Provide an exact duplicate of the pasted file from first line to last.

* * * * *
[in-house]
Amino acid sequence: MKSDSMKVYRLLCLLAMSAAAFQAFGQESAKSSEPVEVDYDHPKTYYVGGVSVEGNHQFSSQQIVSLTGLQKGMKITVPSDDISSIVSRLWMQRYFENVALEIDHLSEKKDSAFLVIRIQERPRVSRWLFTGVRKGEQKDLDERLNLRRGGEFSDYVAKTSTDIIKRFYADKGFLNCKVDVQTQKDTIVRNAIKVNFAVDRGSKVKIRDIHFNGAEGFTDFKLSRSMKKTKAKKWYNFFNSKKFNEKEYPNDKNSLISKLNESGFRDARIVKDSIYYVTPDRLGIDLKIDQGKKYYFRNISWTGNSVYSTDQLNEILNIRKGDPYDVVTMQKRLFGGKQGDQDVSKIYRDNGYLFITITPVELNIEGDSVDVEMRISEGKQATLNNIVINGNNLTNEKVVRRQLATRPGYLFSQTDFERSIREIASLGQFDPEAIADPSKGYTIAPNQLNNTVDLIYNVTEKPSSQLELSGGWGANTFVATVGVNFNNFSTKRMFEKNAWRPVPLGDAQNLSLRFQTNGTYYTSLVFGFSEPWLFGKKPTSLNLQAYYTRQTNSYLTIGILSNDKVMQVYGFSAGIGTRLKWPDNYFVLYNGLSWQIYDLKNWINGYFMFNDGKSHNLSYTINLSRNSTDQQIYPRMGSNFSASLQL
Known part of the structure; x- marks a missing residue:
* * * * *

[in-house]
Amino acid sequence: MKSDSMKVYRLLCLLAMSAAAFQAFGQESAKSSEPVEVDYDHPKTYYVGGVSVEGNHQFSSQQIVSLTGLQKGMKITVPSDDISSIVSRLWMQRYFENVALEIDHLSEKKDSAFLVIRIQERPRVSRWLFTGVRKGEQKDLDERLNLRRGGEFSDYVAKTSTDIIKRFYADKGFLNCKVDVQTQKDTIVRNAIKVNFAVDRGSKVKIRDIHFNGAEGFTDFKLSRSMKKTKAKKWYNFFNSKKFNEKEYPNDKNSLISKLNESGFRDARIVKDSIYYVTPDRLGIDLKIDQGKKYYFRNISWTGNSVYSTDQLNEILNIRKGDPYDVVTMQKRLFGGKQGDQDVSKIYRDNGYLFITITPVELNIEGDSVDVEMRISEGKQATLNNIVINGNNLTNEKVVRRQLATRPGYLFSQTDFERSIREIASLGQFDPEAIADPSKGYTIAPNQLNNTVDLIYNVTEKPSSQLELSGGWGANTFVATVGVNFNNFSTKRMFEKNAWRPVPLGDAQNLSLRFQTNGTYYTSLVFGFSEPWLFGKKPTSLNLQAYYTRQTNSYLTIGILSNDKVMQVYGFSAGIGTRLKWPDNYFVLYNGLSWQIYDLKNWINGYFMFNDGKSHNLSYTINLSRNSTDQQIYPRMGSNFSASLQL
Known part of the structure; x- marks a missing residue: